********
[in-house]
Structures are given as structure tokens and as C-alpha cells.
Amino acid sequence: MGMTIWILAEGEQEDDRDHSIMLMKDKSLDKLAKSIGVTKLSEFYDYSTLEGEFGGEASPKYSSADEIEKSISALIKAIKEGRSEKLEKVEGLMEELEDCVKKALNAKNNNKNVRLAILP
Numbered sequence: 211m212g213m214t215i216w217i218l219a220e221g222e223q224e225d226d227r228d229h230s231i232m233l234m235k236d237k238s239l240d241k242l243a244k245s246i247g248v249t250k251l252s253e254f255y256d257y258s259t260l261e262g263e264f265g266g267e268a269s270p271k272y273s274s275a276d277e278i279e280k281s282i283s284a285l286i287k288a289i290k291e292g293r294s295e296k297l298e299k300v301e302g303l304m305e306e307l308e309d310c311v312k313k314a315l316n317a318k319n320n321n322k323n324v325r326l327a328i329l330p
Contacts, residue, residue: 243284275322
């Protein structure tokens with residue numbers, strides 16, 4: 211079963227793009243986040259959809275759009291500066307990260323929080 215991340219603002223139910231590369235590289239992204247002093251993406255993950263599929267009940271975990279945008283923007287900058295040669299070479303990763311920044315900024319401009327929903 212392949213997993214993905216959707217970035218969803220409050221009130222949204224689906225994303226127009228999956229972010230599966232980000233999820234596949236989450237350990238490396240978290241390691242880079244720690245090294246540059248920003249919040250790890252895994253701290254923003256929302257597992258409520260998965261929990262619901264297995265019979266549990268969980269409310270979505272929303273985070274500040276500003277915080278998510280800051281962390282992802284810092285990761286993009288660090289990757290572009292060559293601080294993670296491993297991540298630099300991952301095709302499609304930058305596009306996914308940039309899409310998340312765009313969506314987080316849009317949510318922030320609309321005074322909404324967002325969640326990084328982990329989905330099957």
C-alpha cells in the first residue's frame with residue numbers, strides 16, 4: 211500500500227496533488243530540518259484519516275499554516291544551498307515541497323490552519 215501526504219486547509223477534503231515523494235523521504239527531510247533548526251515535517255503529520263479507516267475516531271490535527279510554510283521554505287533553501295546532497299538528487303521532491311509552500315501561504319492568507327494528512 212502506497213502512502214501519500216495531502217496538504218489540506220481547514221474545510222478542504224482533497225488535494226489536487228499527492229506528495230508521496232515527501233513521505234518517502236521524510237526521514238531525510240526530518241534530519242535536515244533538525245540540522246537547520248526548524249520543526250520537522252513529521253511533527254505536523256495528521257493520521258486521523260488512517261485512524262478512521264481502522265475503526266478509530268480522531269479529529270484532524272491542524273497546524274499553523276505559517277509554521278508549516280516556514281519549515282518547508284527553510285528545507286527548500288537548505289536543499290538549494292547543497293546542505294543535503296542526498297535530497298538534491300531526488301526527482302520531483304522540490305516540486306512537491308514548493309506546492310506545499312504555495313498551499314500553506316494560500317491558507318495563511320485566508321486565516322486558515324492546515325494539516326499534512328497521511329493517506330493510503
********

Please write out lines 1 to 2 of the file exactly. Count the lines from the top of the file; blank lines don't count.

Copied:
[in-house]
Structures are given as structure tokens and as C-alpha cells.